From Never Enough by William Voegeli

“Etymologically, “compassion” means to suffer together. “Together,” however, is different from “identically.” Compassion is not the same as selflessness, and not really the opposite of selfishness. Rather, it provides a basis for helping other people that is materially disinterested but emotionally self-regarding. As Rousseau wrote in Emile, “[W]hen the strength of an expansive soul makes me identify myself with my fellow, and I feel that I am, so to speak, in him, it is in order not to suffer that I do not want him to suffer. I am interested in him for love of myself. . . .” Or, as Jean Bethke Elshtain has said, “Pity is about how deeply I can feel. And in order to feel this way, to experience the rush of my own pious reaction, I need victims the way an addict needs drugs.”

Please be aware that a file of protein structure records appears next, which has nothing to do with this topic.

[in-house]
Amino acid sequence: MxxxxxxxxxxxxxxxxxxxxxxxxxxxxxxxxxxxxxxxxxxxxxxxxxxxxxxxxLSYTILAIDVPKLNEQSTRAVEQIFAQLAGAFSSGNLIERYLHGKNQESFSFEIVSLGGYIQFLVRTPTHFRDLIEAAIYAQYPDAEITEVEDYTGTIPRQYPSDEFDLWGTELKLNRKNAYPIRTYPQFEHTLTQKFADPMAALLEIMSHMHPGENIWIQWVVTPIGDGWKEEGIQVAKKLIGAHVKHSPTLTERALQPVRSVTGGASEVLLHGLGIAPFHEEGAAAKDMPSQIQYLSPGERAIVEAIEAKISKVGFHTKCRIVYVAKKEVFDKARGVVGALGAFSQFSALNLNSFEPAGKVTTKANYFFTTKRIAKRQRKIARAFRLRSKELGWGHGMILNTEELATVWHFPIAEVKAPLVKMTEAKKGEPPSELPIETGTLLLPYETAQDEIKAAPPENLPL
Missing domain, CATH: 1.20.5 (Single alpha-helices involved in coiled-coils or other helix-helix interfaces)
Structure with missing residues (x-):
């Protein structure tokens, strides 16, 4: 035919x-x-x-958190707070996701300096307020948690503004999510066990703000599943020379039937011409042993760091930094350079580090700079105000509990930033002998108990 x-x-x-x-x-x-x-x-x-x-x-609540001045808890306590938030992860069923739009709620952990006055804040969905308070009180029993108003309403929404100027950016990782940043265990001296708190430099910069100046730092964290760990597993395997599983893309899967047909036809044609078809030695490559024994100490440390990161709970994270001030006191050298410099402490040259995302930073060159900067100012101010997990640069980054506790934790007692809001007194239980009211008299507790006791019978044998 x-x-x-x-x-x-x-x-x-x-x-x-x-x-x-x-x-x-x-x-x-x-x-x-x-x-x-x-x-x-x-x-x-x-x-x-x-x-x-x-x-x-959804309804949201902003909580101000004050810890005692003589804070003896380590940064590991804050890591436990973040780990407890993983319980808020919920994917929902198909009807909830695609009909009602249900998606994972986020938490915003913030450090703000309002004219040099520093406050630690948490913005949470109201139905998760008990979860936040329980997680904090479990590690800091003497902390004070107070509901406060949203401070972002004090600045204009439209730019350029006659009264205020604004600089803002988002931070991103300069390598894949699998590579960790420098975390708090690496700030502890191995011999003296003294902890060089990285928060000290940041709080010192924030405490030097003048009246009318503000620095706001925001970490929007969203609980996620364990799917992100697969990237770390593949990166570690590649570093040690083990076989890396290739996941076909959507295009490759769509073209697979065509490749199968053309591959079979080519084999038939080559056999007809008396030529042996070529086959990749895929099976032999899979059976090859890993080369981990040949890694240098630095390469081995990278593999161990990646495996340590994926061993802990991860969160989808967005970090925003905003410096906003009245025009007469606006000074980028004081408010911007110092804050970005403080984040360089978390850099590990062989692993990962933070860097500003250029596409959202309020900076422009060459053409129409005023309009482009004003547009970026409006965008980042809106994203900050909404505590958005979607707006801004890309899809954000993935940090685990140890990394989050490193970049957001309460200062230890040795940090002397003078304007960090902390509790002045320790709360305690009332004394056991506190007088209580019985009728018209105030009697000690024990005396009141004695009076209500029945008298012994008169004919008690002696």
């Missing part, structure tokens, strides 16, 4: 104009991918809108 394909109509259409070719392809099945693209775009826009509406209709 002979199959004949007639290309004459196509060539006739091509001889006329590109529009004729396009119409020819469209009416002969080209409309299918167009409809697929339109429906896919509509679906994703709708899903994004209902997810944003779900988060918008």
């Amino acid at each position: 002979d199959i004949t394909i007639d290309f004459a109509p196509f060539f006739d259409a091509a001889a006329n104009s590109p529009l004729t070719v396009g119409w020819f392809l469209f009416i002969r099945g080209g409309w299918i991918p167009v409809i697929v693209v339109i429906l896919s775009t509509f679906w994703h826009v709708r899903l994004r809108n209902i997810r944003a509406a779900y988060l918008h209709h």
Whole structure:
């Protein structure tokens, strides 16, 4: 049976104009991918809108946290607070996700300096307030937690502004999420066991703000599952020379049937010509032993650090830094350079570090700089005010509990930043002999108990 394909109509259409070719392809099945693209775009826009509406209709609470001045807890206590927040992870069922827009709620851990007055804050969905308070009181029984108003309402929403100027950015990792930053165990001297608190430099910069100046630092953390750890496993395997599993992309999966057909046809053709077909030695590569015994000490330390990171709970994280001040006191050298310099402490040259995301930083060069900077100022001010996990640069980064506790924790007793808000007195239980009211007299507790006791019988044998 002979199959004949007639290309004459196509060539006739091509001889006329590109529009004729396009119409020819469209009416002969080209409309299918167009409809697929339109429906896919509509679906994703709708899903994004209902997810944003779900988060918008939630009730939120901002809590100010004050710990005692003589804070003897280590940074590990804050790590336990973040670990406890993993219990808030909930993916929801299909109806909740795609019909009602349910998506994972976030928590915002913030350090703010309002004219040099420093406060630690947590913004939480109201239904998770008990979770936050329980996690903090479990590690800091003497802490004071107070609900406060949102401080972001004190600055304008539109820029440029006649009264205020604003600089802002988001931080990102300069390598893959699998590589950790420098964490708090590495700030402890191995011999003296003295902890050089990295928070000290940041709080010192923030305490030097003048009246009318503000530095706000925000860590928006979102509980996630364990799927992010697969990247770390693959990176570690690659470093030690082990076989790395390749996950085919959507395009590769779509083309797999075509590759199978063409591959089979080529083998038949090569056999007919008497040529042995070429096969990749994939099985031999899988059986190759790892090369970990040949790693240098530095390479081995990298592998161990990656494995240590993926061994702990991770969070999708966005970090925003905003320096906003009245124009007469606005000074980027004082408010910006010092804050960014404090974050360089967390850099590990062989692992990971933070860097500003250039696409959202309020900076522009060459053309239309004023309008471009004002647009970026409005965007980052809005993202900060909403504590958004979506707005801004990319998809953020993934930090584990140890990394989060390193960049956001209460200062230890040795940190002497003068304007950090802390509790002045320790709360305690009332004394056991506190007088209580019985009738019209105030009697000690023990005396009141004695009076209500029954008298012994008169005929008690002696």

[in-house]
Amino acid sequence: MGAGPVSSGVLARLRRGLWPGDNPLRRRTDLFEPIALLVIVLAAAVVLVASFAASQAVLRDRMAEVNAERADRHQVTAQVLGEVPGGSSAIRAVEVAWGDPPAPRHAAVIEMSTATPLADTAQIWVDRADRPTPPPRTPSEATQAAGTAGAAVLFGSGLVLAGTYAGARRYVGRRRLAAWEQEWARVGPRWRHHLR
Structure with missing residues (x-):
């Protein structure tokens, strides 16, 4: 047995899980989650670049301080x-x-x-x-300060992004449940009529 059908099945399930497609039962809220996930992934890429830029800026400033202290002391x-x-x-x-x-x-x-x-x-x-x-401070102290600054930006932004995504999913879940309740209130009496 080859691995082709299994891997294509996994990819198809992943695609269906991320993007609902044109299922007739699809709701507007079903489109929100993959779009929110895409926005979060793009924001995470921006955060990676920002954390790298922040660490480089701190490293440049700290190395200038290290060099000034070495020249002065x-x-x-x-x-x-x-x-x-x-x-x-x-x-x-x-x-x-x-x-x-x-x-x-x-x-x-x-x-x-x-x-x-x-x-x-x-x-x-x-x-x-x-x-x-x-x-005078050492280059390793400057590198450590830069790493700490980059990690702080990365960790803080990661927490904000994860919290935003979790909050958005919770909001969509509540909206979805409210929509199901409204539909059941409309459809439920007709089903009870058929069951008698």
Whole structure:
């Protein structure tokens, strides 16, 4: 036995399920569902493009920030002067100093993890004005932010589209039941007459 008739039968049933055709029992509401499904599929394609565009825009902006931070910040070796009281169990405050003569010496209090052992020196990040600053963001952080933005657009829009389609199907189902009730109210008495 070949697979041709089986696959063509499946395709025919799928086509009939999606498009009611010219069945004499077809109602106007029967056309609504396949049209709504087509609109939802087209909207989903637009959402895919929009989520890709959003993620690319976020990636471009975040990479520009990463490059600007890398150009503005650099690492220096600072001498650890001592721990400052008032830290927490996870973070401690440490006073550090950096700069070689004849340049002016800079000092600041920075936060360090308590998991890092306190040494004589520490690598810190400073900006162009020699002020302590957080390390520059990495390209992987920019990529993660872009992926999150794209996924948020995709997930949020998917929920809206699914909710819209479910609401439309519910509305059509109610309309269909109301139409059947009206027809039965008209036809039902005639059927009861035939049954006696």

At the level of moral psychology, the difficulty arises when I can alleviate my suffering, which is brought on by the evidence of your suffering, despite the continuation of your suffering, despite the collateral damage my response inflicts on bystanders, and even despite the creation of new and worse problems for you. Because of compassion we suffer together. I help you in order that I might feel better. But once I do feel better, compassion has done its work—and provides no basis for me to concern myself with all the messy implications of whatever I’ve done for (or to) you.”

Excerpt From: William Voegeli. “Never Enough.” iBooks.